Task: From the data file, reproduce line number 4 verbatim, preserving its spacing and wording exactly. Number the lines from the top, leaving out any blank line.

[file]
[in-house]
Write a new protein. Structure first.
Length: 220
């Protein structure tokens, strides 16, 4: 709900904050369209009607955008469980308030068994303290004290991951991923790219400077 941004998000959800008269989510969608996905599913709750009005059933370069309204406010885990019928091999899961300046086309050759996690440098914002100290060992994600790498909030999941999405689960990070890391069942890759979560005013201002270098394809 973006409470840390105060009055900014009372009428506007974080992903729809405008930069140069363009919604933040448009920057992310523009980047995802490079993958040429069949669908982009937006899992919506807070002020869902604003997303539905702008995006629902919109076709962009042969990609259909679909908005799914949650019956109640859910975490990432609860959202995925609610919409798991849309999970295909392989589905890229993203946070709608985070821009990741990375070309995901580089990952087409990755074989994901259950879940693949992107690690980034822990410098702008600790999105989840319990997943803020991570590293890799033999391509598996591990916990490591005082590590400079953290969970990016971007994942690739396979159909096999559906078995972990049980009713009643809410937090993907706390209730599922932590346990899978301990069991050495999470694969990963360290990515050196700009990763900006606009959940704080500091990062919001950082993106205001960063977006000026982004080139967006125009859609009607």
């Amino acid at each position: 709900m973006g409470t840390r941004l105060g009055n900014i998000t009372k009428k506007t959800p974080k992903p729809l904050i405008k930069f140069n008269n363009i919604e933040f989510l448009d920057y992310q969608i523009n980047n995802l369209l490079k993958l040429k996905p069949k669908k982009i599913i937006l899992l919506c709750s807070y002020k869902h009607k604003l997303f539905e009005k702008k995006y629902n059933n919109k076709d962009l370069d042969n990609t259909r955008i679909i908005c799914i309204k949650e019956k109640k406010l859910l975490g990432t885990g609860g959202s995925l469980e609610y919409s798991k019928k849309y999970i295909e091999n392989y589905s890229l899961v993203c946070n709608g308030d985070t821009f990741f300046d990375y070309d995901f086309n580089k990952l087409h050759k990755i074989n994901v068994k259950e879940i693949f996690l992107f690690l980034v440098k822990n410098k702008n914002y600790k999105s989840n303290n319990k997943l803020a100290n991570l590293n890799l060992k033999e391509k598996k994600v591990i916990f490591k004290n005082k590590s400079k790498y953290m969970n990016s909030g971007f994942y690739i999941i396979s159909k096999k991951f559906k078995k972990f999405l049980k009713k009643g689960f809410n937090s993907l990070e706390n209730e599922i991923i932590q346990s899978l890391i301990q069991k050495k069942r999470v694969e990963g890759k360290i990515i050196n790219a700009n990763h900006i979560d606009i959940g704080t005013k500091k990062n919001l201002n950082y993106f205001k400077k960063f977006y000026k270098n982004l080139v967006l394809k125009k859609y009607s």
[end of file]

């Protein structure tokens, strides 16, 4: 709900904050369209009607955008469980308030068994303290004290991951991923790219400077 941004998000959800008269989510969608996905599913709750009005059933370069309204406010885990019928091999899961300046086309050759996690440098914002100290060992994600790498909030999941999405689960990070890391069942890759979560005013201002270098394809 973006409470840390105060009055900014009372009428506007974080992903729809405008930069140069363009919604933040448009920057992310523009980047995802490079993958040429069949669908982009937006899992919506807070002020869902604003997303539905702008995006629902919109076709962009042969990609259909679909908005799914949650019956109640859910975490990432609860959202995925609610919409798991849309999970295909392989589905890229993203946070709608985070821009990741990375070309995901580089990952087409990755074989994901259950879940693949992107690690980034822990410098702008600790999105989840319990997943803020991570590293890799033999391509598996591990916990490591005082590590400079953290969970990016971007994942690739396979159909096999559906078995972990049980009713009643809410937090993907706390209730599922932590346990899978301990069991050495999470694969990963360290990515050196700009990763900006606009959940704080500091990062919001950082993106205001960063977006000026982004080139967006125009859609009607």